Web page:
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Portable GFCIs are frequently used in construction and outdoor settings where electric tools and appliances are being used. Electrical plugs which incorporate a GFCI are sometimes installed on appliances which might be considered to pose a particular safety hazard, for example long extension leads which might be used outdoors or garden equipment or hair dryers which may be used near a tub or sink. Occasionally an in-line GFCI may be used to serve a similar function to one in a plug. Putting the GFCI in the extension lead provides protection at whatever outlet is used even if the building has old wiring. One kind of portable GFCI contains the GFCI circuitry in a self-contained enclosure with plug blades in the back and receptacle slots in the front. In can then be plugged into receptacle and the electrical products are plugged into the GFCI.

Number of poles The number of poles is based on the electrical configuration of the circuit being protected. GFCIs may use two poles for use on single phase supplies (phase and neutral), three poles for use on three phase supplies or four poles for use on three phase systems with a neutral. Rated current The rated current of a GFCI is chosen according to the maximum sustained load current it will carry. Typical residential outlet GFCIs are rated for either 15 or 20-amps.

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Sensitivity GFCI sensitivity is expressed as the rated residual operating current, noted In. Preferred values have been defined by the IEC, thus making it possible to divide GFCIs into three groups according to their residual operating current value. High sensitivity (HS) o Current: 6 10 30 mA o Application: Direct-contact / life injury protection Medium sensitivity (MS): o Current: 100 300 500 1000 mA o Application: Fire protection Low sensitivity (LS): o Current: 3 10 30 A o Application: Equipment protection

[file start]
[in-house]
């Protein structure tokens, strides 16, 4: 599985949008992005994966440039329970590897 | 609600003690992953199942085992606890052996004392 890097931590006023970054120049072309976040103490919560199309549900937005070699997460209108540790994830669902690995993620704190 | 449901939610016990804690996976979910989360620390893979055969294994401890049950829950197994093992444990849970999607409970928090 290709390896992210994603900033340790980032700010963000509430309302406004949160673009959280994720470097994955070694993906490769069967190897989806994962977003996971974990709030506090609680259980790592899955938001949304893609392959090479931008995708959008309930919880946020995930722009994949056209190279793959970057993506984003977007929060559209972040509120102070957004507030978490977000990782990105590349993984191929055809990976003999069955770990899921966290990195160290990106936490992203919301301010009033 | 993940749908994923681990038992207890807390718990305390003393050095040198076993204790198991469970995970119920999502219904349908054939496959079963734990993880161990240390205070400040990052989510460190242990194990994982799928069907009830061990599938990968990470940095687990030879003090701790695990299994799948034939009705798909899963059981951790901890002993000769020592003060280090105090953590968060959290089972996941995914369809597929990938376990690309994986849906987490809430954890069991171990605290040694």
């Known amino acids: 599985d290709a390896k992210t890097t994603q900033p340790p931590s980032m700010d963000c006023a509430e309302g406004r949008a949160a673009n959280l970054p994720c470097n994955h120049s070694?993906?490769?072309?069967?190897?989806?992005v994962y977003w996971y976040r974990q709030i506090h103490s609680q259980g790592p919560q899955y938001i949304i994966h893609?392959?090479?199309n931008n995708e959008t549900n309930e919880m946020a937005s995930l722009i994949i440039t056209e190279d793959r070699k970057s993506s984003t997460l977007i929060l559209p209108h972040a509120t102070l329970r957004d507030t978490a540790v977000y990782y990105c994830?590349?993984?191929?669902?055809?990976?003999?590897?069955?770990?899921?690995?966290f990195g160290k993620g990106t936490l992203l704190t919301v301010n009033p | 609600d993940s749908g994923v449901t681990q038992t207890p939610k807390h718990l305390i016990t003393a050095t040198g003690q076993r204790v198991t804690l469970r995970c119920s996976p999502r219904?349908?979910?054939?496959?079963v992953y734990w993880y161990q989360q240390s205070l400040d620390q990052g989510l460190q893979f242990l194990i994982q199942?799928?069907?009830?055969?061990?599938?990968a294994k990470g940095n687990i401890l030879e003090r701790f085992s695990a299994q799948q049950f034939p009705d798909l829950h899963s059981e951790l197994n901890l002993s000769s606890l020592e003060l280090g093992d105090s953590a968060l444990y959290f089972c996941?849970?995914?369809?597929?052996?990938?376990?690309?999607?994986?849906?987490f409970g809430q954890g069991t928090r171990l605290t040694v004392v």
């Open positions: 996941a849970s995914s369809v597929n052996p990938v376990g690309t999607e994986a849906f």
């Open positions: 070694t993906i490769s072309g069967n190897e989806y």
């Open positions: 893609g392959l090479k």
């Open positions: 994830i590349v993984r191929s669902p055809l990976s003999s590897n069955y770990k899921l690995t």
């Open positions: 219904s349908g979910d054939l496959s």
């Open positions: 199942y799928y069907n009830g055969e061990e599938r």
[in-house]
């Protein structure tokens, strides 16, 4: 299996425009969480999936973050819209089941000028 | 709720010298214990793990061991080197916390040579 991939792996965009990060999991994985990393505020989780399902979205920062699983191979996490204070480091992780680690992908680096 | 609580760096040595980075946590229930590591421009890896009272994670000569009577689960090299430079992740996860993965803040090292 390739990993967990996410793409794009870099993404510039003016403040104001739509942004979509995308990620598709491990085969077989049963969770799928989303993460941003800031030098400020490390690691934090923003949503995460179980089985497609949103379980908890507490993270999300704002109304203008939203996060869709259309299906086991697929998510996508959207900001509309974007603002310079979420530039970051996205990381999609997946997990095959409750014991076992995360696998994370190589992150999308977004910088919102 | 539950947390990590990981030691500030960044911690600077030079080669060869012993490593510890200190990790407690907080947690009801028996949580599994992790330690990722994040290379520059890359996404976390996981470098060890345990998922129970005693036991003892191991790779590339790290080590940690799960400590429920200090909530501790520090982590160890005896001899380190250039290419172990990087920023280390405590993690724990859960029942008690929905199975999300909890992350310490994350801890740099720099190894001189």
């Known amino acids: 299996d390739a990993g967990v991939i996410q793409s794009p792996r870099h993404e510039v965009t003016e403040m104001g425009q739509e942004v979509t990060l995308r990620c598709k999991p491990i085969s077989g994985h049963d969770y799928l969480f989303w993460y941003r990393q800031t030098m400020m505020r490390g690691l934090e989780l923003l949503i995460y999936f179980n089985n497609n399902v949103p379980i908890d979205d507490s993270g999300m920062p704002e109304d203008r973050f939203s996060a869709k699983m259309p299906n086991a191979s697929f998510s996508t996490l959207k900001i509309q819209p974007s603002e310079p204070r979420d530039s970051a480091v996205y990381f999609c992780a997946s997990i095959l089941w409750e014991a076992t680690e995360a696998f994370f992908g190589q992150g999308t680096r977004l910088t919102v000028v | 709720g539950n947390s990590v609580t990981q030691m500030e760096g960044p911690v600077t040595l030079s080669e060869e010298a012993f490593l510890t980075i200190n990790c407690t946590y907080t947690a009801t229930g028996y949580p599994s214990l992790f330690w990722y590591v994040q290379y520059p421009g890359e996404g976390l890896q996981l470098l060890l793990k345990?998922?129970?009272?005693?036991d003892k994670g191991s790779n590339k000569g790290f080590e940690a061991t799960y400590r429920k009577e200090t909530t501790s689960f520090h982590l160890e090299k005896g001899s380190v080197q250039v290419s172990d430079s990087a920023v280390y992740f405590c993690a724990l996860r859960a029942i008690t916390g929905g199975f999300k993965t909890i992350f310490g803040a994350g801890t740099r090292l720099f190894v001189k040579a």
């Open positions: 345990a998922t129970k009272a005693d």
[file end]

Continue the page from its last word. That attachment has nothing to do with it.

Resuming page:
The notation, In is the residual operating current for a GFCI. For a typical residential application this is 5ma.

Type The international standard for residual current devices is IEC Standard 60755. This standard covers the general requirements for residual current operated protective devices and defines three types of GFCI depending on the characteristics of the fault current. Type AC: GFCI for which tripping is ensured for residual sinusoidal alternating currents Type A: GFCI for which tripping is ensured o for residual sinusoidal alternating currents o for residual pulsating direct currents o for residual pulsating direct currents superimposed by a smooth direct current of 0.006 A, with or without phase-angle control, independent of the polarity Type B: GFCI for which tripping is ensured as for type A o for residual sinusoidal currents up to 1000 Hz o for residual sinusoidal currents superposed by a pure direct current o for pulsating direct currents superposed by a pure direct current o for residual currents which may result from rectifying circuits o three pulse star connection or six pulse bridge connection o two-pulse bridge connection line-to-line with or without phase-angle monitoring, independently of the polarity